Coconut Palm & President Andrés Bonifacio 2 Piso Philippines Authentic Coin Money for Jewelry (Tree of Life) (Decagonal) (10-Sided) (Beach)
Coconut Palm & President Andrés Bonifacio 2 Piso Philippines Authentic Coin Money for Jewelry and Craft Making (Father of the Filipino Nation) (Tree of Life) (Decagonal) (10-Sided Coin) (Beach)
Reverse: Coconut palm leaning right (Biological name: Cocos nucifera)
Obverse: Andrés Bonifacio y de Castro (1863 – 1897), a Filipino nationalist, revolutionary leader (the Father of the Philippine Revolution and Filipino Nation), and the first unofficial president of the Philippine archipelago, facing left
Lettering: REPUBLIKA NG PILIPINAS
Translation: Republic of the Philippines
Period Republic (1946-date)
Type Standard circulation coin
Value 2 Piso (2 PHP)
Currency Piso (1967-date)
Weight 12 g
Diameter 31 mm
Thickness 2 mm
Shape Decagonal (10-sided)
Orientation Medal alignment ↑↑
Number N# 3750
References KM# 244, Schön# 85
The coconut tree (Cocos nucifera) is a member of the palm tree family (Arecaceae) and the only living species of the genus Cocos. The term "coconut" (or the archaic "cocoanut") can refer to the whole coconut palm, the seed, or the fruit, which botanically is a drupe, not a nut. The name comes from the old Portuguese word coco, meaning "head" or "skull", after the three indentations on the coconut shell that resemble facial features. They are ubiquitous in coastal tropical regions and are a cultural icon of the tropics.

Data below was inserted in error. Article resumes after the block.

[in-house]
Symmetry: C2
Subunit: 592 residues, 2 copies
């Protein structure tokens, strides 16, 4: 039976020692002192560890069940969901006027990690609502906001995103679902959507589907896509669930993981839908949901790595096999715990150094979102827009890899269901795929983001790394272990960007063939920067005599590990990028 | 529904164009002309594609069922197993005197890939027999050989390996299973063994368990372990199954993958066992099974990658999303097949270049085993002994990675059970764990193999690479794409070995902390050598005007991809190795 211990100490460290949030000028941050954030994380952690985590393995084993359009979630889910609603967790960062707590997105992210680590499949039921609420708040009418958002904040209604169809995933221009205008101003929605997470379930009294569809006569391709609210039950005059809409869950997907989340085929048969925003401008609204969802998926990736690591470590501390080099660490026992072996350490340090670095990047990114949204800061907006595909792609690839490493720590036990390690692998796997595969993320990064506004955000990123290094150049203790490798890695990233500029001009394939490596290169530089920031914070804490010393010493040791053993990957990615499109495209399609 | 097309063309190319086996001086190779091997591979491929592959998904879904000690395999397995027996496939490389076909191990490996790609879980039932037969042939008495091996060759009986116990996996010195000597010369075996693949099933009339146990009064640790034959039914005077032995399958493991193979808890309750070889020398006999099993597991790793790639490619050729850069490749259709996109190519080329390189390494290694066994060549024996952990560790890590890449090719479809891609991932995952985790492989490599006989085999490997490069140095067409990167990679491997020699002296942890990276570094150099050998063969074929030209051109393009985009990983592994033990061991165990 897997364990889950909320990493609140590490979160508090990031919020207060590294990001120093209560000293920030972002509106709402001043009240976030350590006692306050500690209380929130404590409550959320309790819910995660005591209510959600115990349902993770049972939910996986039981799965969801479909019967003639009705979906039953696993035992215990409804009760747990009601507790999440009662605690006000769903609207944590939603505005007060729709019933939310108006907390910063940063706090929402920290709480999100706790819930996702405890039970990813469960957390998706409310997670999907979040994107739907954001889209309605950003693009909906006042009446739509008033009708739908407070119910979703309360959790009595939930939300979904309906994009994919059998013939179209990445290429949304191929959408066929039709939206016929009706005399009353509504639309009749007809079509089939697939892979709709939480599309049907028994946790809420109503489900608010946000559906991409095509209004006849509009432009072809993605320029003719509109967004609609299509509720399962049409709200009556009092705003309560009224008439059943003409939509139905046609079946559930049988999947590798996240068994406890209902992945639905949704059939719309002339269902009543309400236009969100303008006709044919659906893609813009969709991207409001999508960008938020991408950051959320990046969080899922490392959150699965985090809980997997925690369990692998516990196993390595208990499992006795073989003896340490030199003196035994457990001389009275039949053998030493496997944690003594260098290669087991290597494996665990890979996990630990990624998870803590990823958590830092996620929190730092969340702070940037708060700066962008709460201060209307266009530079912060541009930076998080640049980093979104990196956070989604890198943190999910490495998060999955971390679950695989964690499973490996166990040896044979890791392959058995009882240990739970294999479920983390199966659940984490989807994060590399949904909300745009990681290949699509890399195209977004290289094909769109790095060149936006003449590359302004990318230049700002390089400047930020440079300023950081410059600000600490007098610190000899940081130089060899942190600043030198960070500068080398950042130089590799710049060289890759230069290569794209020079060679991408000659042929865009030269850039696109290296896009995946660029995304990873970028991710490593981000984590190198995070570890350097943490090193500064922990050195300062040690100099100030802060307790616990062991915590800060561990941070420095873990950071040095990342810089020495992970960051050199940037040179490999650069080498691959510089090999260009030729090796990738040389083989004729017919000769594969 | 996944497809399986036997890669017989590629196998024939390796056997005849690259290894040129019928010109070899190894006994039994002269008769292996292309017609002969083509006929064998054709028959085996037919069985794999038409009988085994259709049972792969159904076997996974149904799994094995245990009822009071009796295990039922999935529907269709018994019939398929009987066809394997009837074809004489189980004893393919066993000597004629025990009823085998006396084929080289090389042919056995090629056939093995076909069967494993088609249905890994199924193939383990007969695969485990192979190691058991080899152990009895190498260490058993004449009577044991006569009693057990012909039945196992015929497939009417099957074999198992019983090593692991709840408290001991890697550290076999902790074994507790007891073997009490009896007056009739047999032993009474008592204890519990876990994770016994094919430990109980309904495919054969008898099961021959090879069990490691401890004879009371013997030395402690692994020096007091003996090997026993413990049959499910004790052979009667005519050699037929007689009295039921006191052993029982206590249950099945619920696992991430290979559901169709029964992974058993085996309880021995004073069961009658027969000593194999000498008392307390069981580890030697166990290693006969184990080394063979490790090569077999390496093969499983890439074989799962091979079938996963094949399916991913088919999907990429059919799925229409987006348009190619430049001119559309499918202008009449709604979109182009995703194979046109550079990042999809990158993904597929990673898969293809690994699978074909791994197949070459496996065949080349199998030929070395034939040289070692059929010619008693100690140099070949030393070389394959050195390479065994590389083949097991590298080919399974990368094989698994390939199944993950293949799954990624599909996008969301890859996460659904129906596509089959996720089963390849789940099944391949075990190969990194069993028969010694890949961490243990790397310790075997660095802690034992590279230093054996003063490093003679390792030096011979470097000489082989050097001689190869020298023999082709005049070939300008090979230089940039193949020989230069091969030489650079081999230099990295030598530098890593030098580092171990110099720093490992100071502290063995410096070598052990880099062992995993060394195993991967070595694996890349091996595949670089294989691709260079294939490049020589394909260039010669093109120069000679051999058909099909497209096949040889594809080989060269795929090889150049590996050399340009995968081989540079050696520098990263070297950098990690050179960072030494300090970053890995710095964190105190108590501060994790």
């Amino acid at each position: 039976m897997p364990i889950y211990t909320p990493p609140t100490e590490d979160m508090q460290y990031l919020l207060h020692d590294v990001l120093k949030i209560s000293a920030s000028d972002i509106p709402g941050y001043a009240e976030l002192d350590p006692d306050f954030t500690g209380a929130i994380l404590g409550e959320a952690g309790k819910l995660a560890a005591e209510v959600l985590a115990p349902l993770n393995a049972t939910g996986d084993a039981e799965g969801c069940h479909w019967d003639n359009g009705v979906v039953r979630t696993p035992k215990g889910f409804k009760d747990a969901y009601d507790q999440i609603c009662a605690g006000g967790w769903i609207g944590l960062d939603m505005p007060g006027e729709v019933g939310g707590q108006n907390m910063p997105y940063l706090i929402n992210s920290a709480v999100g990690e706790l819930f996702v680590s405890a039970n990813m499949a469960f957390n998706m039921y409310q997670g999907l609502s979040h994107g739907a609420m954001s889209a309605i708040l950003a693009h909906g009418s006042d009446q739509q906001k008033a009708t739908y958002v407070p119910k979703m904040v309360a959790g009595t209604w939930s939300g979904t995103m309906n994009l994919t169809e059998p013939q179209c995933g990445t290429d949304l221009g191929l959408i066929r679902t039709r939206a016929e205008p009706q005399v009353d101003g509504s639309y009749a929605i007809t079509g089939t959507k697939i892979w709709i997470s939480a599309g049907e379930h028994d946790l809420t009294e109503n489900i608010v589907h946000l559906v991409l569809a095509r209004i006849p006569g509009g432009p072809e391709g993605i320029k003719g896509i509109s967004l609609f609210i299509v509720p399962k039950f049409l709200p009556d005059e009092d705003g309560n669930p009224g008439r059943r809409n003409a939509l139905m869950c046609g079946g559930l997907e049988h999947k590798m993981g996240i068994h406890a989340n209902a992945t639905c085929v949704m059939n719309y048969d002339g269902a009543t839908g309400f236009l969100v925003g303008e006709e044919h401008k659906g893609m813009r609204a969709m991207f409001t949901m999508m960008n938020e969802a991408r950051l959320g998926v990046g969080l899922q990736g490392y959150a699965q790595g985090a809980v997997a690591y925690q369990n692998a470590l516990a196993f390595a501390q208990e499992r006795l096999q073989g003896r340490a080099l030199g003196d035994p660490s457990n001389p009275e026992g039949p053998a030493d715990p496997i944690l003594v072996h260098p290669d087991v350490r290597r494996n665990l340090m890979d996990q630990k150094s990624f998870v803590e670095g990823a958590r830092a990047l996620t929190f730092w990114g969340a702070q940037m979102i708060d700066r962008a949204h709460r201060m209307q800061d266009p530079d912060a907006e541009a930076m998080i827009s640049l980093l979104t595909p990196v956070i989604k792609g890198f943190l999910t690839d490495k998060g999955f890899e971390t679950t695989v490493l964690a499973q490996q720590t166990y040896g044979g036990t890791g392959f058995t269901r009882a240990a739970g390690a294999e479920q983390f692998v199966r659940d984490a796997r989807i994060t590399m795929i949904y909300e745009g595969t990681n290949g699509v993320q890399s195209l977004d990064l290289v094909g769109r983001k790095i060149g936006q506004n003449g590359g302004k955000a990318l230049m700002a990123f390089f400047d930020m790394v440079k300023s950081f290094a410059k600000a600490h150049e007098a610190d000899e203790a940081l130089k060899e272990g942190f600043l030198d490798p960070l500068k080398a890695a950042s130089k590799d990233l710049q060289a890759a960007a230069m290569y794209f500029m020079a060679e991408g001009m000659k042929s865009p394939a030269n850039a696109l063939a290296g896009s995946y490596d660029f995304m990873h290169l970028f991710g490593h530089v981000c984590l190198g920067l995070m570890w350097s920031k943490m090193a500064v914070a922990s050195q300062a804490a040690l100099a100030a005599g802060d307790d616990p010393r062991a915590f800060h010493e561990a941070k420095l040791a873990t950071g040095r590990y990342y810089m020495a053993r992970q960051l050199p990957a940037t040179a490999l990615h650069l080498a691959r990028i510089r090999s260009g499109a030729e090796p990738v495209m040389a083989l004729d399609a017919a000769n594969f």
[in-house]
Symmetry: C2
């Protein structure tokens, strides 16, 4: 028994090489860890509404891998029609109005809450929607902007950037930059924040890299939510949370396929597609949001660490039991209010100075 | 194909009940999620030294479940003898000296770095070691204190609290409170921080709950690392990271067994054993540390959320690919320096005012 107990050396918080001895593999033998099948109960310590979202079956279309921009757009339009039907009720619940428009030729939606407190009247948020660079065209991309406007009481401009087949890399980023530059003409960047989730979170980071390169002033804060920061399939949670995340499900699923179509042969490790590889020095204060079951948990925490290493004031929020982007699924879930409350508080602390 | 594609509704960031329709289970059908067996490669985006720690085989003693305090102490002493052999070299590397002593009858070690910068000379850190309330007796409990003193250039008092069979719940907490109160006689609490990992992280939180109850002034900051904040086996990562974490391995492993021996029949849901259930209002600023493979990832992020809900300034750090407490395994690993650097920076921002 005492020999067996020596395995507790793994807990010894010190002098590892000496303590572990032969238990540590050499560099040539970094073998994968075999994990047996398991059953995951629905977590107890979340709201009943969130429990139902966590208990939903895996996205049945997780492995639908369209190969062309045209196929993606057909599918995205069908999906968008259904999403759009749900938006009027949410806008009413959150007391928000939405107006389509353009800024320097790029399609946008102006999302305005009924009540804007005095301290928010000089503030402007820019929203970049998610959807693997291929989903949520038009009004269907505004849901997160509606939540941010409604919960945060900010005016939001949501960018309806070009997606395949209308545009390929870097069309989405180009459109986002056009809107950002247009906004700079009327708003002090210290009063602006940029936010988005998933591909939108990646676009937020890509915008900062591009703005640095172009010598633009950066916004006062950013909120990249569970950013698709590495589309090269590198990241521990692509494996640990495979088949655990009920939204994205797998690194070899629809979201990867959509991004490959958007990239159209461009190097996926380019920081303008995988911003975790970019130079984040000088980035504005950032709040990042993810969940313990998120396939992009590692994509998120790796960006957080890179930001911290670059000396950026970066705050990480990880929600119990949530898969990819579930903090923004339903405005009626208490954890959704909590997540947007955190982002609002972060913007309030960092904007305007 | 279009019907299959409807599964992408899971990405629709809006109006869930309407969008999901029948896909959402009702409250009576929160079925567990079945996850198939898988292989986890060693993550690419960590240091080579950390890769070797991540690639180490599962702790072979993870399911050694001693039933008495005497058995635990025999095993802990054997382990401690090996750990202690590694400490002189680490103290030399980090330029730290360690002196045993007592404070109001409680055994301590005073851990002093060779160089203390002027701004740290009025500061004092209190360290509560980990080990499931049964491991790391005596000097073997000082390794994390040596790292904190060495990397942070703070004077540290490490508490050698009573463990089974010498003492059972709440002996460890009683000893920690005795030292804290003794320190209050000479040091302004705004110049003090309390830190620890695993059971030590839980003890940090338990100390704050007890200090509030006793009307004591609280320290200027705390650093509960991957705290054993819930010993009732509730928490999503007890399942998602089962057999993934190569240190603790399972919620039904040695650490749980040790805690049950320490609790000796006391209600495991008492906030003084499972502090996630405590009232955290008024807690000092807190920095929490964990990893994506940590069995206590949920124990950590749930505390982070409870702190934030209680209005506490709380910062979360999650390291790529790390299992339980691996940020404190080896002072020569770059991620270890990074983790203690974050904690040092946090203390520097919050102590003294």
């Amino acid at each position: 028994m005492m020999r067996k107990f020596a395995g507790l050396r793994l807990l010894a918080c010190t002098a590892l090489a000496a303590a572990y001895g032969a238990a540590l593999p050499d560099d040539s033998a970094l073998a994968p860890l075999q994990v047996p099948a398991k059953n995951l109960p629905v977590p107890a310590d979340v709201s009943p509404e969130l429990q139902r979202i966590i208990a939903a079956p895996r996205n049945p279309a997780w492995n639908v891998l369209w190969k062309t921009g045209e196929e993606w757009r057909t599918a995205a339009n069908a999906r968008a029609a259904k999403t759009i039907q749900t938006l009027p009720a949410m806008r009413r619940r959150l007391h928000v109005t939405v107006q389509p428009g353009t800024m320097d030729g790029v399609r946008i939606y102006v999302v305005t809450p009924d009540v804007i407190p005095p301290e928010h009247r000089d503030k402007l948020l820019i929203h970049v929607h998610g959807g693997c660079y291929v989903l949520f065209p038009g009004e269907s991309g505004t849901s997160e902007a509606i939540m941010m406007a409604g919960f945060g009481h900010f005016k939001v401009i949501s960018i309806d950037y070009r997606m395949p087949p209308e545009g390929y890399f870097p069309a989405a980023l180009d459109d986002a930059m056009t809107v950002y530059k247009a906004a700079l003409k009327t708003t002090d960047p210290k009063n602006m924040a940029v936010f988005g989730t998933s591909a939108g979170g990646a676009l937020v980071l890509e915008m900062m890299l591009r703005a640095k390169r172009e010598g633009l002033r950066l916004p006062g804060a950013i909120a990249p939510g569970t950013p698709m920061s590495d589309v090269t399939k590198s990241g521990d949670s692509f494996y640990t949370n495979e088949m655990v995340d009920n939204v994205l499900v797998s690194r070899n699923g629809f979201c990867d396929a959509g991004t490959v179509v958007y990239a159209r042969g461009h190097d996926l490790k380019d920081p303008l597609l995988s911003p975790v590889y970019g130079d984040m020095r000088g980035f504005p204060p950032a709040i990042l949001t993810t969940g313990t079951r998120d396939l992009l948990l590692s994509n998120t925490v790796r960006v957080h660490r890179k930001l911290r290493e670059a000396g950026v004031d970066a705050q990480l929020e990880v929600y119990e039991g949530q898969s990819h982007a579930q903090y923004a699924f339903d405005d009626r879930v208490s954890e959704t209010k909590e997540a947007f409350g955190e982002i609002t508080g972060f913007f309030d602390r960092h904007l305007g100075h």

It is one of the most useful trees in the world and is often referred to as the "tree of life". It provides food, fuel, cosmetics, folk medicine and building materials, among many other uses. The inner flesh of the mature seed, as well as the coconut milk extracted from it, form a regular part of the diets of many people in the tropics and subtropics. Coconuts are distinct from other fruits because their endosperm contains a large quantity of clear liquid, called coconut water or coconut juice. Mature, ripe coconuts can be used as edible seeds, or processed for oil and plant milk from the flesh, charcoal from the hard shell, and coir from the fibrous husk. Dried coconut flesh is called copra, and the oil and milk derived from it are commonly used in cooking – frying in particular – as well as in soaps and cosmetics. Sweet coconut sap can be made into drinks or fermented into palm wine or coconut vinegar. The hard shells, fibrous husks and long pinnate leaves can be used as material to make a variety of products for furnishing and decoration.
The coconut has cultural and religious significance in certain societies, particularly in the Western Pacific Austronesian cultures where it features in the mythologies, songs, and oral traditions. It also had ceremonial importance in pre-colonial animistic religions. It has also acquired religious significance in South Asian cultures, where it is used in Hindu rituals. It forms the basis of wedding and worship rituals in Hinduism. It also plays a central role in the Coconut Religion of Vietnam. The falling nature of their mature fruit has led to preoccupation with death by coconut.